This also reminds me of the time I had brought Mrs. Sunshine with me to Sweden and as we were doing some food shopping in a supermarket and effecient as I am, I thought that we should split up and get the stuff the needed of the shopping list. I asked her to get a few things and then quickly headed of to get some of the other stuff. As I came back, I saw Mrs. Sunshine standing at the same spot with nothing in the shopping cart and looking quite annoyed. As I asked her "what's wrong, couldn't you find the stuff?" I got a quite annoyed "how the hell am I supposed to know what's what in here? Nothing is written in any language that's understandable for normal people!" followed by some pointing at foodstuff in our immediate vicinity "rågbröd?! Köttbullar?!! Fullkornsmjöl??!! I don't know if this is even food!" (for you Swedes, you have to imagine these Swedish words pronounced in a mix of Japanese and English).

After that little frustrated outburst, we continued the rest of the shopping together, but she mumbled ""Mjölk"?! How am I supposed to know that that means "milk"?!" a few times...

15 comments:

Mr. S. said...

Blood sausage ('black pudding' in my Anglo/Irish childhood): I'd forgotten about that! I'd be happy even to get something called 'boudin noir'.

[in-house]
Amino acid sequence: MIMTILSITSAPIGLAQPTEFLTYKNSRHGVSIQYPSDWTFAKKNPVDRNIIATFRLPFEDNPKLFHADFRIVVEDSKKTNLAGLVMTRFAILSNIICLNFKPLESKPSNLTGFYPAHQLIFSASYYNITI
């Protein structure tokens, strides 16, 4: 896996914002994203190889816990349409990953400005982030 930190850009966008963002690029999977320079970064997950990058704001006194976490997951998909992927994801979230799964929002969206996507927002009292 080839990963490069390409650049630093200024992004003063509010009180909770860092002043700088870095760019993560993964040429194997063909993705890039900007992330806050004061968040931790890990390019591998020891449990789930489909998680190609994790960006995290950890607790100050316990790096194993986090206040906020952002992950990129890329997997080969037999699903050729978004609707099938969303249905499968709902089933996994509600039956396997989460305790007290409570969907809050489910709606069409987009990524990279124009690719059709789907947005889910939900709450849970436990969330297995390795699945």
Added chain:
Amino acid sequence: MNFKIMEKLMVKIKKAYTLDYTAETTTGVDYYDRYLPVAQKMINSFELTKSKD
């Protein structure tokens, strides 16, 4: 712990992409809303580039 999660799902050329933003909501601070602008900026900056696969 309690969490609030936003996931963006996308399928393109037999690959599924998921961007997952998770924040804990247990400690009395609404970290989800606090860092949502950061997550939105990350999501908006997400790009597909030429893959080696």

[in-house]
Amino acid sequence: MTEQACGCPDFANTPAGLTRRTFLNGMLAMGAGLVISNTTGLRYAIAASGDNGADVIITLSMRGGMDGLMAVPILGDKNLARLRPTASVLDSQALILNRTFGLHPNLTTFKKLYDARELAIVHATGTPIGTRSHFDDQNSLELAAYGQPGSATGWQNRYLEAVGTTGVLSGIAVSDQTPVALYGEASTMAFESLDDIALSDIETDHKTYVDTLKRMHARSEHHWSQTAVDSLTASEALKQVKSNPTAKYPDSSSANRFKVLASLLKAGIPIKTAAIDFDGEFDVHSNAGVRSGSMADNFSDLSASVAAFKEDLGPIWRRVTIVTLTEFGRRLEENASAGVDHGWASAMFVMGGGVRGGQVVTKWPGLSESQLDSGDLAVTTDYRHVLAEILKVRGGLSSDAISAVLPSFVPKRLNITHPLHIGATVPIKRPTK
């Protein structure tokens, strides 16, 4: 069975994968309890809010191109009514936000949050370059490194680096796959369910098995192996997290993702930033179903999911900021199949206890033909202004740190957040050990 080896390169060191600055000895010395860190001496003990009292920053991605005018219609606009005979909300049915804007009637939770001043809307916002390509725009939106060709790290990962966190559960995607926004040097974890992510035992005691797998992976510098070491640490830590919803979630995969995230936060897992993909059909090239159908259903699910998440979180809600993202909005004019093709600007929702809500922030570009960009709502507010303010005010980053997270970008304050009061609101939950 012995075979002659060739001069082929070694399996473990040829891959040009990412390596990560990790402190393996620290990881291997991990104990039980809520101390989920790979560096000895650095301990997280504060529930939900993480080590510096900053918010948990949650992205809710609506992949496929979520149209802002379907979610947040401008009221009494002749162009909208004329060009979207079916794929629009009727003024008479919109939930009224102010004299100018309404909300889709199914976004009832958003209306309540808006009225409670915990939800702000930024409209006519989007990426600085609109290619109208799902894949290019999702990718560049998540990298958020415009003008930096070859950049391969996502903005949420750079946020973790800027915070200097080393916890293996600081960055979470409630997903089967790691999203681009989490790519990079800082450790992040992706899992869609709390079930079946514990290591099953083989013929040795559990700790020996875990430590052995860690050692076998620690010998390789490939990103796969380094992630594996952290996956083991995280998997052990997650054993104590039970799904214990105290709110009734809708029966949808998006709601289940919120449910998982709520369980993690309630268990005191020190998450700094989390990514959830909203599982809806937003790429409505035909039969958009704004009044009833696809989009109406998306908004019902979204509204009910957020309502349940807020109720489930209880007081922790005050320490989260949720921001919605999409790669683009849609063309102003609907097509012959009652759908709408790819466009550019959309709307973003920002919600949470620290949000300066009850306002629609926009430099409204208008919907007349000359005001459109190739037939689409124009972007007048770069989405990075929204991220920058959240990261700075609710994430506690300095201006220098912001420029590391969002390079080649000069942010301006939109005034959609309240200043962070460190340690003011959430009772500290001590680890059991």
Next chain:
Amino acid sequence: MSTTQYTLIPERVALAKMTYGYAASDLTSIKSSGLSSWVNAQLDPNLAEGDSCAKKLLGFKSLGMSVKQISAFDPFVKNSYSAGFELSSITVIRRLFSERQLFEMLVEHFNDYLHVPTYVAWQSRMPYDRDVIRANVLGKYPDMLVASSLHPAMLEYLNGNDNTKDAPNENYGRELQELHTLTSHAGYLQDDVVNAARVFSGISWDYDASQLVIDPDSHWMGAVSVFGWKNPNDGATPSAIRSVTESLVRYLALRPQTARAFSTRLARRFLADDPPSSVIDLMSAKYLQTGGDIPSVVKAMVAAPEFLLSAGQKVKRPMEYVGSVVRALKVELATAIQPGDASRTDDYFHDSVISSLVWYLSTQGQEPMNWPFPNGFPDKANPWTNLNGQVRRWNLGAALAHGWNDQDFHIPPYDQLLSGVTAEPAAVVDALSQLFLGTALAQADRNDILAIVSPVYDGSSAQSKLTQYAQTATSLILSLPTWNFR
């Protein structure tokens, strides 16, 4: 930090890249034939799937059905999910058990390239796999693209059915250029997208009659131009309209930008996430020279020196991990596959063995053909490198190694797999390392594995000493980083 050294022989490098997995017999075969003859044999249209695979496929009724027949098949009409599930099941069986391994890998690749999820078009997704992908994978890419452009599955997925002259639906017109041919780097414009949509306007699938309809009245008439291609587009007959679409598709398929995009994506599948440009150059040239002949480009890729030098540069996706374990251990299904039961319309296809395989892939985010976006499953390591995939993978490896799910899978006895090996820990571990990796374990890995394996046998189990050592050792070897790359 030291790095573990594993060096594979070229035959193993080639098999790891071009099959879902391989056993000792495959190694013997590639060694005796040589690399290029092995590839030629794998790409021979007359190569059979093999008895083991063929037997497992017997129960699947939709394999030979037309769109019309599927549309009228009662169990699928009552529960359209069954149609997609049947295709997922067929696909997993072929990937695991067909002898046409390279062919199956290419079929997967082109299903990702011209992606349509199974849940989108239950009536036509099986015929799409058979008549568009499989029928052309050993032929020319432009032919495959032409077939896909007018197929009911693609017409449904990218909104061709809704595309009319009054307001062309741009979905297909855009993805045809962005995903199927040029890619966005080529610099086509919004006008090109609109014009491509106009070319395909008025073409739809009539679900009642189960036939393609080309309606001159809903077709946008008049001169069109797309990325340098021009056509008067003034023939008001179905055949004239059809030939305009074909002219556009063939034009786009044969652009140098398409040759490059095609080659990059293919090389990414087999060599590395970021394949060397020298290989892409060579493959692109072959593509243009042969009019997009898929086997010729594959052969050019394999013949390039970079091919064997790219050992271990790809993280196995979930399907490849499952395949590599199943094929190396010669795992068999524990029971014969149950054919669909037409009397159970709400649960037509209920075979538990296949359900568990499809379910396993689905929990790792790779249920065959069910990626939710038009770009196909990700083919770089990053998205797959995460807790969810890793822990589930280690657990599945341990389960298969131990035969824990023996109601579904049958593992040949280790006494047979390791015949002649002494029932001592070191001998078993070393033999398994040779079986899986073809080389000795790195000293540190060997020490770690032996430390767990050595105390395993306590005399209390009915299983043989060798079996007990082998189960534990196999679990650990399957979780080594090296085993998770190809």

Kaldi rules. There was no Kaldi I knew of when I last lived here in the 90s, and I had to go to one of the overpriced places downtown to get even pesto! However, the one thing Kaldi doesn't have is HP sauce, A1 is no substitute. Worcestershire sauce, but no HP...

Contamination said...

For me a lot of American products keep me feeling Australian enough while living in Japan. Though there are some things I can only get from "home".

It's great about Bin Laden.

Any chance I can get http://japan.jdonuts.com into your blogroll?

kathrynoh said...

OMG your swedish german potato thing sounds so freaken good.

lina said...

Last timne IIRC its some chilli oil. Now you found these too.

Chris said...

"rotten herring, salty liquorice candy, blood sausage"

No wonder the Sweden isn't famous for ...er...food...

I love Swedish Meatballs but doubt the ones I ate are anything like the real ones.....praise God ;)

TheOctopus said...

"Rågbröd? Köttbullar? Fullkornsmjöl?"

Sounds like items from an IKEA catalogue.

daft said...

"Fullkornsmjöl" that can't be easy to say in Japanese.

Sarahf said...

We even have Kaldi here in the Boonies, I usually go for the free cheese samples. Now I will look for Swedish foods I have no idea how to cook.